Adipofascial Flap Finger Coverage
The adipofascial turnover arterial flap has appeared as an excellent alternative for achieving early coverage of cutaneous wounds at the dorsal aspect of the middle and distal phalanges of the long fingers. This flap can be designed as an arterial flap in a predictable and reliable way based on new anatomic data on the vascularization of the dorsum of the finger.
All defects on the dorsal aspects of the middle and distal phalanges can be covered with this flap, based on the third (the last branch of proximal phalanx) or on the fourth (the first branch of the middle phalanx) cutaneous dorsal branches of the proper palmar digital artery (PDA).
In cases of extensive soft-tissue loss of both the middle and distal phalanges, this flap length can be extended to include the subcutaneous tissue over the metacarpophalangeal (MP) joint and, sometimes, a portion of the dorsal metacarpal surface, based on the anastomosis between the dorsal vascular system of the proximal phalanx and the dorsal metacarpal vessels.
Severe circumferential crush injuries or partial degloving injuries
Defects requiring simultaneous vascularized extensor tendon reconstruction, which can be treated with other flaps
Injuries of the PDA
Extensive burns of the digits
To ensure inclusion of the dorsal digital arteries in the flap pedicle, it is necessary to locate them with the help of a Doppler probe or to design the pedicle large enough to reduce the probability of not harboring an arterial branch. Provided that precise location of the dorsal branches is established, it is possible to preclude the use of Doppler studies to avoid unnecessary length of the flap pedicle and to choose which dorsal artery will be included.
Yang and Morris1 dissected 16 cadaver hands and established that there were two sources of the cutaneous arterial supply to the dorsum of the digit: the dorsal digital branches of the dorsal metacarpal arteries and the dorsal cutaneous branches of the PDAs. The dorsal cutaneous branches of the paired proper PDAs supply the dorsal surface of the proximal phalanx distally and the dorsum of the middle phalanx. There are a series of small dorsal cutaneous perforators (usually two) at each phalanx from the PDA ( Fig. 36.1a ).
The size of the dorsal cutaneous branches varies between 0.2 and 0.5 mm in external diameter. These branches tend to become smaller from the proximal to the distal end of the finger as the PDA diminishes in caliber. All the dorsal cutaneous branches of the PDA along the finger dorsum longitudinally anastomose with each other. The proximal dorsal cutaneous branches of the palmar digital arteries anastomose with the dorsal digital branches from the dorsal metacarpal arteries2–5 on the dorsum of the proximal phalanx.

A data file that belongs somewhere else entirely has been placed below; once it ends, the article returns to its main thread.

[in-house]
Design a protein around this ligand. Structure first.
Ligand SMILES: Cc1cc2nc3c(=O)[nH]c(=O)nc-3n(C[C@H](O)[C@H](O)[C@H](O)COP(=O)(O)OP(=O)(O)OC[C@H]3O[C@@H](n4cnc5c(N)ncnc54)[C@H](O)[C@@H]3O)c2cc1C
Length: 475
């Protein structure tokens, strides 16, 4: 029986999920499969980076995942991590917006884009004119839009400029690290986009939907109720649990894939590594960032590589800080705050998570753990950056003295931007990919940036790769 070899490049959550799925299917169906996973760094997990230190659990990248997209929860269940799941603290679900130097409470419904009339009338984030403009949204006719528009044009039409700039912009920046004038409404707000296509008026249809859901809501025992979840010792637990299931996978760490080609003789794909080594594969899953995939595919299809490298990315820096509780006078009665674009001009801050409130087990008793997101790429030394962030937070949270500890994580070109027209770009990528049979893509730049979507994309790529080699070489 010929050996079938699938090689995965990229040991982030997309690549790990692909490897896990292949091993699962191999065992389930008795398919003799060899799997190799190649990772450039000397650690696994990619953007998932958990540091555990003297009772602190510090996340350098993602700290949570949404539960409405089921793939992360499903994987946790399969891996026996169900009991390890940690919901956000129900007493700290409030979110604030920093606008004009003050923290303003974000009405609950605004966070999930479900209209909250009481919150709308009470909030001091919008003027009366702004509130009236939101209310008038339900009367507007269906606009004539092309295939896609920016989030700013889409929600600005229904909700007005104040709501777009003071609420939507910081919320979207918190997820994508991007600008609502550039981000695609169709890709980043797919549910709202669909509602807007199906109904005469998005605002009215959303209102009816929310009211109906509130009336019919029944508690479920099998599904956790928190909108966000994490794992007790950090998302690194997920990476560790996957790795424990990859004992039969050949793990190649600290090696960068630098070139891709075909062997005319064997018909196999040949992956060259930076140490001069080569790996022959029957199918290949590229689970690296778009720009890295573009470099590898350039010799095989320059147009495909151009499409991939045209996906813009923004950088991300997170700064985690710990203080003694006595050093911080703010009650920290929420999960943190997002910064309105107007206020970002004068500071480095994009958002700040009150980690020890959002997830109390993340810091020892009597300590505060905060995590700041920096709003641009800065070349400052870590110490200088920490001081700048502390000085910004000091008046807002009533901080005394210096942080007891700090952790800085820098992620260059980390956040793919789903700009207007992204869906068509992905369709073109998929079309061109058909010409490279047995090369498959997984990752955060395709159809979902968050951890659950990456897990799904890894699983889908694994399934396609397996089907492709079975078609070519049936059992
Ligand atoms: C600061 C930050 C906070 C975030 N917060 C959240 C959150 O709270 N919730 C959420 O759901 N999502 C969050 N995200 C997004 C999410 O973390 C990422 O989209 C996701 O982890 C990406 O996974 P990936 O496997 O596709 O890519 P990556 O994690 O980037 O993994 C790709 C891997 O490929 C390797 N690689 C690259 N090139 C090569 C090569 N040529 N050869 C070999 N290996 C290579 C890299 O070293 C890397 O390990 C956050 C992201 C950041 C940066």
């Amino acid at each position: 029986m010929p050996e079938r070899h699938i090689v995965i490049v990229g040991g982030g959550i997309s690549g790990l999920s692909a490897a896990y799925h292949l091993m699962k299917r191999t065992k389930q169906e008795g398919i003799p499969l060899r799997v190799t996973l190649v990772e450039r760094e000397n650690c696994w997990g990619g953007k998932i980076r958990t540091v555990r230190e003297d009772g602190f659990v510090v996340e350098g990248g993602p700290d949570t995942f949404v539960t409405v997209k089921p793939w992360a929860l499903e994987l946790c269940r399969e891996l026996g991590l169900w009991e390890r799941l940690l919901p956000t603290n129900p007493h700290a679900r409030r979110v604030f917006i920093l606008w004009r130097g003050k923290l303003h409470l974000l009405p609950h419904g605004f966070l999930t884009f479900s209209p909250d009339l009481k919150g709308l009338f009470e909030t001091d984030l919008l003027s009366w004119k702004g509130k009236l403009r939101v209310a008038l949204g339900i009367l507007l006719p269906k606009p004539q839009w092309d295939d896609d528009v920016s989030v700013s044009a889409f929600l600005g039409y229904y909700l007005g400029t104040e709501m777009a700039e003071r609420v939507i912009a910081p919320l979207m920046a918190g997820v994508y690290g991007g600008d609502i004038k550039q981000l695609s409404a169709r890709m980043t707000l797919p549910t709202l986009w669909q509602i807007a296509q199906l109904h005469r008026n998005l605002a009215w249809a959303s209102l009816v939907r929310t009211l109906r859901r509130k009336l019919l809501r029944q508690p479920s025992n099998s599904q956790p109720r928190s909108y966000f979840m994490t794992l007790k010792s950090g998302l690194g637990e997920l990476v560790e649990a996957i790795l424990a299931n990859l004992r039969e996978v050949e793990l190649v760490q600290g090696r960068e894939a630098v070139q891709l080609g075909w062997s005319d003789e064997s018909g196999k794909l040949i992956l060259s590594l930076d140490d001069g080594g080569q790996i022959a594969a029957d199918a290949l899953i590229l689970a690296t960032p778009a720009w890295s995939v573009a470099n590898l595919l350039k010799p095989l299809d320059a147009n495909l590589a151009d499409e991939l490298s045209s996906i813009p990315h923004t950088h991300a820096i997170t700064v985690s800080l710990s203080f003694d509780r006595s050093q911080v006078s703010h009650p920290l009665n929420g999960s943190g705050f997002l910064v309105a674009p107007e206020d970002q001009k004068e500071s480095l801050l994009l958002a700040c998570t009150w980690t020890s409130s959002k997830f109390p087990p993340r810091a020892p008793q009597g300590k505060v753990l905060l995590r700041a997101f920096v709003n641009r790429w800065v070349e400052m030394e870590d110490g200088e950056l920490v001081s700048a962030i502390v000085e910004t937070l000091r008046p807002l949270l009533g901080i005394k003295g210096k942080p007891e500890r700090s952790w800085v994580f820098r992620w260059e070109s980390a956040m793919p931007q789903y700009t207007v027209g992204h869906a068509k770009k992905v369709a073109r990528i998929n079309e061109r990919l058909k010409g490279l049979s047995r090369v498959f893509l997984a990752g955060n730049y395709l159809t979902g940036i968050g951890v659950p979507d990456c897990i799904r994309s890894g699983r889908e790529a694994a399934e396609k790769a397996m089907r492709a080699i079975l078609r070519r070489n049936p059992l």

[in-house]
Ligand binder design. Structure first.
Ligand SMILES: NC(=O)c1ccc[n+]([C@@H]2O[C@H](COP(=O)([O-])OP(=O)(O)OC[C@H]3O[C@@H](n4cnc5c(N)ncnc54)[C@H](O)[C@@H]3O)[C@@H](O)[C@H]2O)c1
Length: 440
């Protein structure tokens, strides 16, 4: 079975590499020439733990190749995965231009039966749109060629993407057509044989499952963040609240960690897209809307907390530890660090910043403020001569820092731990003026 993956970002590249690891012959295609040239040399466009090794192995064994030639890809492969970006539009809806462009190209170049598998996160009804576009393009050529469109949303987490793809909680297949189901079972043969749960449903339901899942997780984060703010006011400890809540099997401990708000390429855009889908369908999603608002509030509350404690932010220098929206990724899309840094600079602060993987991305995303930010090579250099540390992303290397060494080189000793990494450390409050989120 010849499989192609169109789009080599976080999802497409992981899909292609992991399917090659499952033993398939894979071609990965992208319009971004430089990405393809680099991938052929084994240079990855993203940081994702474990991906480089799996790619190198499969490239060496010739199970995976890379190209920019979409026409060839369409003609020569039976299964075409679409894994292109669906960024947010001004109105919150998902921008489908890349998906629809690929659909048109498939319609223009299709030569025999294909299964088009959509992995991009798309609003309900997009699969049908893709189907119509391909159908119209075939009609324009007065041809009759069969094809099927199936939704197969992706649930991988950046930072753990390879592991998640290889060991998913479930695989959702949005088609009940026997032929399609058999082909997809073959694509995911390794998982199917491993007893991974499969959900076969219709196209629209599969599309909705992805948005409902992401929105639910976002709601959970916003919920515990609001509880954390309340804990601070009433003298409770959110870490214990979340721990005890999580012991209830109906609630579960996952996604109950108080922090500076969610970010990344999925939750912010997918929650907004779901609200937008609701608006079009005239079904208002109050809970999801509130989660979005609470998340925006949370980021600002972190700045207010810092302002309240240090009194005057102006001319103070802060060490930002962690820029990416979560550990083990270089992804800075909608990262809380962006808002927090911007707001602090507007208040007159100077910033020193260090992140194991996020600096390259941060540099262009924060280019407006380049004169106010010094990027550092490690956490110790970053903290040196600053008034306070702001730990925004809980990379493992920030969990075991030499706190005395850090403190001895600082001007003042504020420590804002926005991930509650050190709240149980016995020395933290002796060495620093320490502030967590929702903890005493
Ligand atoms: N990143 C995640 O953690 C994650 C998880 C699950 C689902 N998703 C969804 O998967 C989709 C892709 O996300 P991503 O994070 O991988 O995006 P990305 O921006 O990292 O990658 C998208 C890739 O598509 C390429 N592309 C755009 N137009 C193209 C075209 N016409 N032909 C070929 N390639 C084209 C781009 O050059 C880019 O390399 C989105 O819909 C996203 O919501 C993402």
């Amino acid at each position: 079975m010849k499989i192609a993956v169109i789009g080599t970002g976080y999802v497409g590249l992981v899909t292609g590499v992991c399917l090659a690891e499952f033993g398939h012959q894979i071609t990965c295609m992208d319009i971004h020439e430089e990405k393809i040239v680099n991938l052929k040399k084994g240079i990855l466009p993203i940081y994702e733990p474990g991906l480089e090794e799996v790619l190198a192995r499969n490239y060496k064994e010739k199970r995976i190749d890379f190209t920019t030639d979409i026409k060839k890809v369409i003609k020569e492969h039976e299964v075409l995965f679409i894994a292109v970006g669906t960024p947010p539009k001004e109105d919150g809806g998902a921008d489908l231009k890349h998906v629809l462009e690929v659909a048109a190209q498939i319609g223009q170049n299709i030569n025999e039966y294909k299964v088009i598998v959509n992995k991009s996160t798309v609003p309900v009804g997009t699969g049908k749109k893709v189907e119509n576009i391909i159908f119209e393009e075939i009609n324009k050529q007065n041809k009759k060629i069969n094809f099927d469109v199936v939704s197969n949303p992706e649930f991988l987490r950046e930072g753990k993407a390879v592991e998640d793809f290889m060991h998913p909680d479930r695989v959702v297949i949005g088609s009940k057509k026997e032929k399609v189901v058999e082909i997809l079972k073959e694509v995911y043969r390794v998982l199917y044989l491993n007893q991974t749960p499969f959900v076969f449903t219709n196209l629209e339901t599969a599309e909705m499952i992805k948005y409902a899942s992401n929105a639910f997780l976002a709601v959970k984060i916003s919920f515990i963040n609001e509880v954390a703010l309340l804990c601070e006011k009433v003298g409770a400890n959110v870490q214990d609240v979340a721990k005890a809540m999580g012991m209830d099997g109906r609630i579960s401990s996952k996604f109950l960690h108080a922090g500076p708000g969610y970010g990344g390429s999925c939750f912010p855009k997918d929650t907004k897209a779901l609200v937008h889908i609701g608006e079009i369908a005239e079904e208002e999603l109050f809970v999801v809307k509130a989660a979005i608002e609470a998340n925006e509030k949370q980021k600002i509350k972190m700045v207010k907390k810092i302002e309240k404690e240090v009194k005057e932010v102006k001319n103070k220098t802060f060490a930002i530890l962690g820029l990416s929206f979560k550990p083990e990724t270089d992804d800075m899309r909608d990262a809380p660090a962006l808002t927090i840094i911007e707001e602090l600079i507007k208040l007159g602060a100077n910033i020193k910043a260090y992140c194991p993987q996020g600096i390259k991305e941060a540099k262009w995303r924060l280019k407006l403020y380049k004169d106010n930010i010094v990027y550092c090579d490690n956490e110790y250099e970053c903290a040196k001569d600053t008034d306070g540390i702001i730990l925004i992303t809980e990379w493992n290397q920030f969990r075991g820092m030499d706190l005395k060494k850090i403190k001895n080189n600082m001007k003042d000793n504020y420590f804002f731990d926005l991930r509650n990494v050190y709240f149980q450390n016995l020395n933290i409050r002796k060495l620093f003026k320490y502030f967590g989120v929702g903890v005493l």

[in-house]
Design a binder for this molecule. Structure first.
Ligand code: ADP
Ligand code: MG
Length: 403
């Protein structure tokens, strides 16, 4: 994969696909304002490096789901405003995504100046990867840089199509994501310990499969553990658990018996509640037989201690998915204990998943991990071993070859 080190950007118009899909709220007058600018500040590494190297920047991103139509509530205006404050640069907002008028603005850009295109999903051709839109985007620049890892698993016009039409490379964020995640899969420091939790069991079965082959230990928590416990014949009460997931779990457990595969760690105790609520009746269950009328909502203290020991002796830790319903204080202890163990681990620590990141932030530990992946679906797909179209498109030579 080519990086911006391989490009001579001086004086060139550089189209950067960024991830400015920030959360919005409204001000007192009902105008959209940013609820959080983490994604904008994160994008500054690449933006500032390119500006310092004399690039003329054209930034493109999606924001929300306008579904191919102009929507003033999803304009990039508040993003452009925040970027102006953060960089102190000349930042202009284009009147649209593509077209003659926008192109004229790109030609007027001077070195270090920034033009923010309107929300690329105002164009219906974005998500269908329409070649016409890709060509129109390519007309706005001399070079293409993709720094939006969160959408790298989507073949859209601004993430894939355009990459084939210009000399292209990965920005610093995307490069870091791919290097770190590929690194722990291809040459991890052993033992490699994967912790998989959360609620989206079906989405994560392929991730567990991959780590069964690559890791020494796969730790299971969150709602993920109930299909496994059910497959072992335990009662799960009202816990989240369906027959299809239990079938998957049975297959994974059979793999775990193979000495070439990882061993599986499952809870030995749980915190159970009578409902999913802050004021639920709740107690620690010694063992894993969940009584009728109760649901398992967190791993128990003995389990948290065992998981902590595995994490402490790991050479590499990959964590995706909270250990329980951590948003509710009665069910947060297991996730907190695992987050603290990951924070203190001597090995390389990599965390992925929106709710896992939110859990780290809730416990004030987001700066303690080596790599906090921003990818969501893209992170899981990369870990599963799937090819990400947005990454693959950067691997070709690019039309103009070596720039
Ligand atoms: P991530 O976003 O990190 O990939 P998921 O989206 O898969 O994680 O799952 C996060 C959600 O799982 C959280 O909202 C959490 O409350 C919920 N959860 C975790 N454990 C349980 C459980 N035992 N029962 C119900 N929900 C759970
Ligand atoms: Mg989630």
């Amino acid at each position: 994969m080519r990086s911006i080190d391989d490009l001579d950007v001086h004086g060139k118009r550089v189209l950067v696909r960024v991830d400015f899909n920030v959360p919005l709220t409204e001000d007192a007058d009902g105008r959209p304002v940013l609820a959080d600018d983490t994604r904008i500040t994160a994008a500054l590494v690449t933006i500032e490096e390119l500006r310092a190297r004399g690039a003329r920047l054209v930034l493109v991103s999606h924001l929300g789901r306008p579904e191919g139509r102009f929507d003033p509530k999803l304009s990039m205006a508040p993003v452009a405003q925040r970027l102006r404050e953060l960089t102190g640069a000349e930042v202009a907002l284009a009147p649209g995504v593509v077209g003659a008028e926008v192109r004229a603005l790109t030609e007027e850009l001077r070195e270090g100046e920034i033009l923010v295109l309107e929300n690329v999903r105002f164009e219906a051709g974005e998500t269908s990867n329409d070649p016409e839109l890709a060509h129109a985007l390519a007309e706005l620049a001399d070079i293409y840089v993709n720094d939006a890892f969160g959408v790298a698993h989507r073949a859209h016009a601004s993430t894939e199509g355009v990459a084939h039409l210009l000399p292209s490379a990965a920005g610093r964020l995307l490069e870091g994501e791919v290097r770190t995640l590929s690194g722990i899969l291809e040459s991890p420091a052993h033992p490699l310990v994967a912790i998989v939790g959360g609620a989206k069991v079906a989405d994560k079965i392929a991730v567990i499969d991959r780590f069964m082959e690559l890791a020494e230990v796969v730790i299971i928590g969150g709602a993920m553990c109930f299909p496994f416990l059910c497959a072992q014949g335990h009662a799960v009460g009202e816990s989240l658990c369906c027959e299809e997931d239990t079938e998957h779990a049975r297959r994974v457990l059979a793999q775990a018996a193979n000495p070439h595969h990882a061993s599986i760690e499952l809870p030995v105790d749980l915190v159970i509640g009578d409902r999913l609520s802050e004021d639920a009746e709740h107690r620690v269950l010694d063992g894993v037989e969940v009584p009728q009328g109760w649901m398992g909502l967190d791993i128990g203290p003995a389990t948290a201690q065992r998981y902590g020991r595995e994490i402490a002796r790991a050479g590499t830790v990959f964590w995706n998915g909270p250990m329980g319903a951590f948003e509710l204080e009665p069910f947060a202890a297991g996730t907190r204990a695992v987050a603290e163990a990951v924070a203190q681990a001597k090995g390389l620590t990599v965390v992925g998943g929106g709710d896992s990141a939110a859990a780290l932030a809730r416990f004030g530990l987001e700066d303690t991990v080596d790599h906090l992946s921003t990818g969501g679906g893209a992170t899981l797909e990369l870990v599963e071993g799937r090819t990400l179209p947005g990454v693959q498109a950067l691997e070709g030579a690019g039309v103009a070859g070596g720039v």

The dorsal carpal branch of the ulnar artery runs along the ulnar side of the fifth metacarpal and anastomoses with the dorsal branch of the ulnar PDA of the little finger. In addition, there are a series of reduced-caliber choke anastomoses crossing the mid-line between the radial and ulnar dorsal branches of the palmar digital arteries over each of the phalanges.
Metacarpal Head and Web Space
The dorsal metacarpal artery bifurcates into two dorsal digital arteries of the adjacent digits at the MP joint and terminates at approximately the middle portion of the proximal phalanx, where it joins the proximal dorsal branch of the proper PDA. These branches of the dorsal metacarpal artery give off some twigs to the skin around the MP joint.
Dorsum of the Proximal Phalanx
The proximal dorsal branch arises from the palmar digital artery at the middle point of the proximal phalanx just distal to the proximal finger crease. This artery penetrates the cribriform part of the Cleland ligament, which originates from the lateral margin of the proximal portion of the proximal phalanx and appears as a septum between the palmar and dorsal aspects of the finger.
The dorsal branch runs close to the lateral wall of the proximal phalanx and then emerges on the dorsal aspect of the finger, giving a small branch to the periosteum of the dorsal surface of the proximal phalanx ( Fig. 36.1a ). This artery passes to the lateral margin of the extensor lateral band and divides into three or four small branches that distribute to the skin of the proximal phalangeal region. Some of these twigs anastomose with the terminal branches of the dorsal metacarpal artery. The size of the proximal dorsal branch at the base is 0.3 to 0.6 mm (average, 0.44 mm).
In some of the fingers there is another proximal dorsal branch that originates from the vincula branch and is found just distal to the MP joint ( Fig. 36.1a ). The size of this artery at the base is 0.3 to 0.5 mm (average, 0.42 mm).
The distal dorsal branch arises from the proximal digital palmar arch, which lies beneath the flexor tendon below the neck of the proximal phalanx. This branch arises from the digital palmar arch just before it penetrates the flexor tendon sheath. It penetrates the proximal portion of the Cleland ligament at the proximal interphalangeal (PIP) joint, runs close to the bone, and emerges on the finger dorsum, where it bifurcates into a branch to the dorsal periosteum of the proximal phalanx and a branch to the skin over the PIP joint. The size of this branch at the base was 0.3–0.6 mm (average, 0.39 mm) ( Fig. 36.1b ).